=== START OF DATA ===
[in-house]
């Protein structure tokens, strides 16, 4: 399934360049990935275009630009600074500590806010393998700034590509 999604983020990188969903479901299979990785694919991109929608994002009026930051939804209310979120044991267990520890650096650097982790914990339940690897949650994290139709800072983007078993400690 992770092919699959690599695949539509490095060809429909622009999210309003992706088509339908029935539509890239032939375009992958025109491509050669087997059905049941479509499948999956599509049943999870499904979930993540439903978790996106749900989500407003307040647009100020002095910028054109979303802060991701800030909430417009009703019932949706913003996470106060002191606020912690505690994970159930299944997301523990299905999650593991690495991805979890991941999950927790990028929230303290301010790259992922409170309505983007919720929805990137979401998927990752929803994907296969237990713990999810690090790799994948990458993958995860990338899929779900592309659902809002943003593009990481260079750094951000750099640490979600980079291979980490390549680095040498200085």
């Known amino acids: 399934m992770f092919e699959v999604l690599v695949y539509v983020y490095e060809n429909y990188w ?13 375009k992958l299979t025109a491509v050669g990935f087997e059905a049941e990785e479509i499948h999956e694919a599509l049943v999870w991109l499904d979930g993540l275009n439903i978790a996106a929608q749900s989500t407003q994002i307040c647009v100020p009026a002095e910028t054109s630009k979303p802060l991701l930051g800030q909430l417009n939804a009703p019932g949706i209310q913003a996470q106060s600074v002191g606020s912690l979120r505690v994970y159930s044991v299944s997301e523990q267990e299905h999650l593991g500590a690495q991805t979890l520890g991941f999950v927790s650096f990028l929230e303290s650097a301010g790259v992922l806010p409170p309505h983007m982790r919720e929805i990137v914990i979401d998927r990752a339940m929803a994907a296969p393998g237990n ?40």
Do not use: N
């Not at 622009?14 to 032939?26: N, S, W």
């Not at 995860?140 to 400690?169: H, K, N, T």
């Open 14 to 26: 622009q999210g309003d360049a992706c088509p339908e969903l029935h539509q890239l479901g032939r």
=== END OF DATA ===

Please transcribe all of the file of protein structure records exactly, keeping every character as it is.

[in-house]
């Protein structure tokens, strides 16, 4: 399934360049990935275009630009600074500590806010393998700034590509 999604983020990188969903479901299979990785694919991109929608994002009026930051939804209310979120044991267990520890650096650097982790914990339940690897949650994290139709800072983007078993400690 992770092919699959690599695949539509490095060809429909622009999210309003992706088509339908029935539509890239032939375009992958025109491509050669087997059905049941479509499948999956599509049943999870499904979930993540439903978790996106749900989500407003307040647009100020002095910028054109979303802060991701800030909430417009009703019932949706913003996470106060002191606020912690505690994970159930299944997301523990299905999650593991690495991805979890991941999950927790990028929230303290301010790259992922409170309505983007919720929805990137979401998927990752929803994907296969237990713990999810690090790799994948990458993958995860990338899929779900592309659902809002943003593009990481260079750094951000750099640490979600980079291979980490390549680095040498200085």
């Known amino acids: 399934m992770f092919e699959v999604l690599v695949y539509v983020y490095e060809n429909y990188w ?13 375009k992958l299979t025109a491509v050669g990935f087997e059905a049941e990785e479509i499948h999956e694919a599509l049943v999870w991109l499904d979930g993540l275009n439903i978790a996106a929608q749900s989500t407003q994002i307040c647009v100020p009026a002095e910028t054109s630009k979303p802060l991701l930051g800030q909430l417009n939804a009703p019932g949706i209310q913003a996470q106060s600074v002191g606020s912690l979120r505690v994970y159930s044991v299944s997301e523990q267990e299905h999650l593991g500590a690495q991805t979890l520890g991941f999950v927790s650096f990028l929230e303290s650097a301010g790259v992922l806010p409170p309505h983007m982790r919720e929805i990137v914990i979401d998927r990752a339940m929803a994907a296969p393998g237990n ?40």
Do not use: N
């Not at 622009?14 to 032939?26: N, S, W």
């Not at 995860?140 to 400690?169: H, K, N, T």
């Open 14 to 26: 622009q999210g309003d360049a992706c088509p339908e969903l029935h539509q890239l479901g032939r």